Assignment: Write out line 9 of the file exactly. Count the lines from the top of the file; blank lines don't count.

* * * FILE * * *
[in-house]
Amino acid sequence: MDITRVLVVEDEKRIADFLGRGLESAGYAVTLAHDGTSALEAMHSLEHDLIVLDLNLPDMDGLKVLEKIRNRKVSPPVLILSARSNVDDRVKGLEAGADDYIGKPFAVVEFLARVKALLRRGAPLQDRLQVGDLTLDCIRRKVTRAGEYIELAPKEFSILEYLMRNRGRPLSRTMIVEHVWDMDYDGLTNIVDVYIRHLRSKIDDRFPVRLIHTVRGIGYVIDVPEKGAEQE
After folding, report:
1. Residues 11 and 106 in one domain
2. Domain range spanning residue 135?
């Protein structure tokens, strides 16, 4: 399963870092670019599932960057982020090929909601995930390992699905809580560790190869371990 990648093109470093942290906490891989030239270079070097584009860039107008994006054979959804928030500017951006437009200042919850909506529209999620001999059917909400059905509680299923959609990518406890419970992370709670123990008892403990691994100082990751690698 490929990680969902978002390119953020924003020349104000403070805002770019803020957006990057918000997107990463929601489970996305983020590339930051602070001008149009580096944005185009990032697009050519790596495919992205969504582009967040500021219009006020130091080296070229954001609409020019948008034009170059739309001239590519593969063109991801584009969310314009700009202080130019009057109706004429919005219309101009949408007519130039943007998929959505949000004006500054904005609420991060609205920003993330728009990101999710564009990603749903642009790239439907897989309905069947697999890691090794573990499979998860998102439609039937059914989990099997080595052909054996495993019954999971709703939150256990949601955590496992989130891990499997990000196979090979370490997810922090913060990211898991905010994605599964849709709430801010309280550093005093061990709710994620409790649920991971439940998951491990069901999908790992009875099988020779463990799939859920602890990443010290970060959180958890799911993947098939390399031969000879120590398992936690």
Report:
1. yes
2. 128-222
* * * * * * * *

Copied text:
2. 128-222